mozdev.org

Getting Started with Jabber
by Eric Murphy

If you want to chat with other mozdev.org people, then using Jabber is your solution. This is that new instant-messaging fad that is the topic of (seemingly) 50% of tech articles nowadays.

Jabber is special among instant-messagers because it is open-source, uses an XML protocol, and is easy to use and develop for. Also, depending on how the server is setup, it can talk with a variety of other protocols such as ICQ and AIM. See jabber.org for more information on all the details.

Of course, I want you to use Jabberzilla for your Jabber client (eventually), but unfortunately it does not yet have the capability to setup a Jabber account. However, we can easily use one of the other excellent Jabber clients to get started.

There is a large listing of clients on JabberCentral.com, and you are probably going to want to use either WinJab (Windows) or Gabber (GNOME). There is a Perl/Tk client called Jarl also if you don't want to use those two.

Go ahead and install the client and load it up. You will have a login screen with an option to create a new account. Now it is time to learn a few of the fundamentals of Jabber:

  1. Jabber ID is your address for logging in and being contacted. It looks like your e-mail address (and can be the same). For example, my Jabber ID is eric@mozdev.org.

  2. Resource is something extra that identifies a login. With Jabber, you can be logged into the same account as many times as you want, but only if each has a unique name. For example, I could have eric@mozdev.org/Jabberzilla and eric@mozdev.org/Home. Even if you are logged in once, you must have a Resource named.

  3. Roster is a list of other Jabber users that you want to be associated with. You can see if they are online and click on their name to chat.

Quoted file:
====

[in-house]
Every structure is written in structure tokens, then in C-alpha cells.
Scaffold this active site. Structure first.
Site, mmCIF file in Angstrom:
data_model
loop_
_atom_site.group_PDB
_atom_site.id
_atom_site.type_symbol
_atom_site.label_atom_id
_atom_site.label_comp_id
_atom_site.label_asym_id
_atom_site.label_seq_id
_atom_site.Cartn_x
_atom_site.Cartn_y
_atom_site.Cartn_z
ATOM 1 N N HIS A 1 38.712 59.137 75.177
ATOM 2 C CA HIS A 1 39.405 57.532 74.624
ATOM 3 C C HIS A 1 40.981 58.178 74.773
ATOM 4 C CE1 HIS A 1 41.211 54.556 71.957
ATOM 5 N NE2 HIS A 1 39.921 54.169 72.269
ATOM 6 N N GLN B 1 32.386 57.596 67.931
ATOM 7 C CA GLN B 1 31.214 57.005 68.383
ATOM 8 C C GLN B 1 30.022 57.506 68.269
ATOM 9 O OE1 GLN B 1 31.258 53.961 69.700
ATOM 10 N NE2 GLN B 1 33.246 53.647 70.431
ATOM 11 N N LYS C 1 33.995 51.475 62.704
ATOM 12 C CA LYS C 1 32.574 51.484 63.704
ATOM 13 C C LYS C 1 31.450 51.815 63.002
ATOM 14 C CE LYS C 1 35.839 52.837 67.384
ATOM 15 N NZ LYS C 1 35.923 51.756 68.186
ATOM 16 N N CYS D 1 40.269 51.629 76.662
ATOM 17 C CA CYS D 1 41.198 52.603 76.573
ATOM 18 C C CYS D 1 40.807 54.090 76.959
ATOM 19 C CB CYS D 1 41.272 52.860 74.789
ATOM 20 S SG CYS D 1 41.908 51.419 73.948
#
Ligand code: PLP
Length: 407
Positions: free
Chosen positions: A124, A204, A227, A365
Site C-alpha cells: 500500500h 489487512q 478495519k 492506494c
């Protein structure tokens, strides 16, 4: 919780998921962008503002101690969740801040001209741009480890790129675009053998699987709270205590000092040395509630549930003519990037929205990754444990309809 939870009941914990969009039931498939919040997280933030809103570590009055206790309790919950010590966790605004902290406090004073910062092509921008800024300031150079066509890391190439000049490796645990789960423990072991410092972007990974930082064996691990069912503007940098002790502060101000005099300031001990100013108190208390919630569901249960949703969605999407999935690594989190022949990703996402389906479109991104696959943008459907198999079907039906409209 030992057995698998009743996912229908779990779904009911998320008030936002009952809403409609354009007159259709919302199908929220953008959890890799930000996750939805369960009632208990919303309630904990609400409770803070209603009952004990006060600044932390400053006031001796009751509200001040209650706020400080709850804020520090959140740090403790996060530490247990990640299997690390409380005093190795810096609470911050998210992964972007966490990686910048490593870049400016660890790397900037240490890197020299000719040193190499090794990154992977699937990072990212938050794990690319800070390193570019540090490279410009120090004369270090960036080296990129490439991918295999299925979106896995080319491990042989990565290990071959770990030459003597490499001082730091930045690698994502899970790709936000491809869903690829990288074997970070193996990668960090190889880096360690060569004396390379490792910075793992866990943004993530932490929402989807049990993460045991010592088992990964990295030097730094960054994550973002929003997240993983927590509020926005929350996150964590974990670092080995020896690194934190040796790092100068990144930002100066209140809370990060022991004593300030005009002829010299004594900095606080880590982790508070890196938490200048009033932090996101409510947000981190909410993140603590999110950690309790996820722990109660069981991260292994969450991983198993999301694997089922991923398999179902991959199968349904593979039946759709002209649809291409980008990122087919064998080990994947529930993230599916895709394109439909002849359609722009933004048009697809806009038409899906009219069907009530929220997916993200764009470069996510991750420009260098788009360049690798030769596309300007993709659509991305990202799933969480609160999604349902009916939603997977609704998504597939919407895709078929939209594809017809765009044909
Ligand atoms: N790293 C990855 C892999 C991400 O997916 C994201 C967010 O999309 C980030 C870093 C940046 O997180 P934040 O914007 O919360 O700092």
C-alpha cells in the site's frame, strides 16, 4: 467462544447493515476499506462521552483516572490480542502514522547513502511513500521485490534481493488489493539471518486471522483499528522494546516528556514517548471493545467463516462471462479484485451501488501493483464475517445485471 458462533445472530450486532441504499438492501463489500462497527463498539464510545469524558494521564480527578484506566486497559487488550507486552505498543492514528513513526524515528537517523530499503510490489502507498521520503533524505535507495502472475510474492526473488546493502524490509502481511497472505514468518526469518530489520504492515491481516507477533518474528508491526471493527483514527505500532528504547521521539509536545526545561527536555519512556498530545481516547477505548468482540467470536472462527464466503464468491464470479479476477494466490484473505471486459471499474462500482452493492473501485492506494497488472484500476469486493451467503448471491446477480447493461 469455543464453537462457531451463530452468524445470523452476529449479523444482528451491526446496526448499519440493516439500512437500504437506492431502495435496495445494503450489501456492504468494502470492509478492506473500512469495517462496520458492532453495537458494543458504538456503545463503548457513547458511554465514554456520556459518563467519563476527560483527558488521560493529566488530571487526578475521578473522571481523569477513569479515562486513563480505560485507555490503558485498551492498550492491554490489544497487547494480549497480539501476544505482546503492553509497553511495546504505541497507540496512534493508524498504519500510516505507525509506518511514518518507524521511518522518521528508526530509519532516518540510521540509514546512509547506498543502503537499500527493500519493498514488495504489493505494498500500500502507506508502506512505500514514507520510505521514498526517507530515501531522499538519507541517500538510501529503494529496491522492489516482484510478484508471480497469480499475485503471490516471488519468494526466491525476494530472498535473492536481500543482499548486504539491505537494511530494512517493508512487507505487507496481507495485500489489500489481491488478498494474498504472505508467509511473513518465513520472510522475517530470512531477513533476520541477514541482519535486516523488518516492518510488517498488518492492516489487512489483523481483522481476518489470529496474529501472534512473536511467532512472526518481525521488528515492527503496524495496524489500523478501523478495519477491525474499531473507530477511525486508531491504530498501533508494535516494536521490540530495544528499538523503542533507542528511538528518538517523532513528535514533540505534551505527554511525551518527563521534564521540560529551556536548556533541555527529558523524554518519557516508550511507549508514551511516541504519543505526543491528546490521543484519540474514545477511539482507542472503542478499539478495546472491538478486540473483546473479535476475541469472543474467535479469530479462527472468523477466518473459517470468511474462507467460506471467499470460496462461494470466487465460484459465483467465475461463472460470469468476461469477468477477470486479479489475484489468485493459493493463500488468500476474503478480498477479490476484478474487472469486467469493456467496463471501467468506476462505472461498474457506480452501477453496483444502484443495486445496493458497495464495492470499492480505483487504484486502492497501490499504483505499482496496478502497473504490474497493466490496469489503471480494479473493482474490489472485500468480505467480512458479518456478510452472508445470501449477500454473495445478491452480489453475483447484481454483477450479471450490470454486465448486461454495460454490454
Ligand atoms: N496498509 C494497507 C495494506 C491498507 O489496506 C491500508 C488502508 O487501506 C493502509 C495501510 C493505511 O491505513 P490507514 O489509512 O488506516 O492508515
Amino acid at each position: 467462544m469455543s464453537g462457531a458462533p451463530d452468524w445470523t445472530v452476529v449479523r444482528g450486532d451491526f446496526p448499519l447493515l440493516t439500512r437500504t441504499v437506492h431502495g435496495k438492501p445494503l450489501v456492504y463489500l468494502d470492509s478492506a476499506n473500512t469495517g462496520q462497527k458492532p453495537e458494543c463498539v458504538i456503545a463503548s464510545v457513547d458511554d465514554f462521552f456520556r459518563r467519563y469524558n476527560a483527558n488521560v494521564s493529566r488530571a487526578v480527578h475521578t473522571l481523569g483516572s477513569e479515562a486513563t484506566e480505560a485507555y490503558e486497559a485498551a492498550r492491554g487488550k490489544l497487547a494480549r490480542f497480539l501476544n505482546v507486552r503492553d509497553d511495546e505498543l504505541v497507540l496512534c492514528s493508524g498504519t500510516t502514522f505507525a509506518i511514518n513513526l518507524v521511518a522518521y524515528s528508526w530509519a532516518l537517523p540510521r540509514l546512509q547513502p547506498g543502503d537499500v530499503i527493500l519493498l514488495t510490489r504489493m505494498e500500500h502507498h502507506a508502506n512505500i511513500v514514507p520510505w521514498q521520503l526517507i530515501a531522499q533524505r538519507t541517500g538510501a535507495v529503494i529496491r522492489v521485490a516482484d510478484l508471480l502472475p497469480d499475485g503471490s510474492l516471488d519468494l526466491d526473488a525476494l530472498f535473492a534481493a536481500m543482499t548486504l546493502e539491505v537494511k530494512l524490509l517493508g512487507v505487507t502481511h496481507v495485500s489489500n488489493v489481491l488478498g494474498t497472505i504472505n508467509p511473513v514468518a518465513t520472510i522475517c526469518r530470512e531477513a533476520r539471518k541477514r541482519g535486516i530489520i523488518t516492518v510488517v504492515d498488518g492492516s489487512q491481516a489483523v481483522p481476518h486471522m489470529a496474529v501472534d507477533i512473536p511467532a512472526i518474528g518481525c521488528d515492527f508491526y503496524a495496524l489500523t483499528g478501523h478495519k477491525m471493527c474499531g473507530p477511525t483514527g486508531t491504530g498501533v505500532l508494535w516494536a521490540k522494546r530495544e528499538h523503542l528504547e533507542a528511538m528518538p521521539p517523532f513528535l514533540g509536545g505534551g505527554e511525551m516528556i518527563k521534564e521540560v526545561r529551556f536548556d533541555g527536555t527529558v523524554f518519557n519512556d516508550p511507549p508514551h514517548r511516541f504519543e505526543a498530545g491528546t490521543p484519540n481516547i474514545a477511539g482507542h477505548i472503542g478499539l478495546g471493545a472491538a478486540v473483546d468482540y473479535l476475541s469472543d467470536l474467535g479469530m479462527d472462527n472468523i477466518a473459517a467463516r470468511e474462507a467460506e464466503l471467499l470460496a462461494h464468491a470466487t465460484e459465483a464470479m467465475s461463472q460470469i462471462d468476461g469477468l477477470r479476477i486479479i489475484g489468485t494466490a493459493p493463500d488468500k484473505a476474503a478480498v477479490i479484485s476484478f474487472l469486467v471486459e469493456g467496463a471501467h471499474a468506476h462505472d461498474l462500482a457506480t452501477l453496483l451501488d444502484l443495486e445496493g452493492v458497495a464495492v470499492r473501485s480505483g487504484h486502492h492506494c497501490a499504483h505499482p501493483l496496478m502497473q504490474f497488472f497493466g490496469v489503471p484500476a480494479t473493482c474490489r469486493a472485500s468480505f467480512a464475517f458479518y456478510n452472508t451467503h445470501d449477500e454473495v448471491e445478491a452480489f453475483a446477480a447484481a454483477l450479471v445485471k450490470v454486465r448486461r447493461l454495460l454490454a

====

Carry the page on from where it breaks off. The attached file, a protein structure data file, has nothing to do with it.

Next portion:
4. Presence is your status online. You set it so other people can see if you are online, away, or whatever else you want.

  5. Messages and Chats are the same except for their GUI which is determined by the client. Messages are usually for short notes, while Chats are for longer conversations.

Those are the big five right there. Of course there are other features, but you can learn those easily on your own.

Now, go ahead and enter in the login information you want, and create your account on mozdev.org. It is now time to add some people to your roster. There should be a menu option for doing this.

There will soon be a listing of Jabber accounts on mozdev.org, but until then you can just add me, eric@mozdev.org, or ask your associates for their jid.

Once you get that person added, you will have to subscribe to their presence. The client should do this for you automatically. On the other side, that person will need to approve your request (I will be sure to add this to Jabberzilla ASAP).

Once all that happens, you should be able to see if that person is online by an indicator in the roster next to that person. You can send a message to the person whenever you wish, even when they are unavailable. The server will then send it when they come back online.

I look forward to Jabbering with you soon!


Notes

Jabberzilla is rapidly becoming a good, usable client. It has its problems, however, and you will probably be best off on using another client through January before you make the transition. Feel free to try it out though, and let me know what you think.

Hopefully mozdev.org with have groupchat capability soon, and maybe even transports to other protocols like IRC as needed.

Here is a nice Jabber FAQ.





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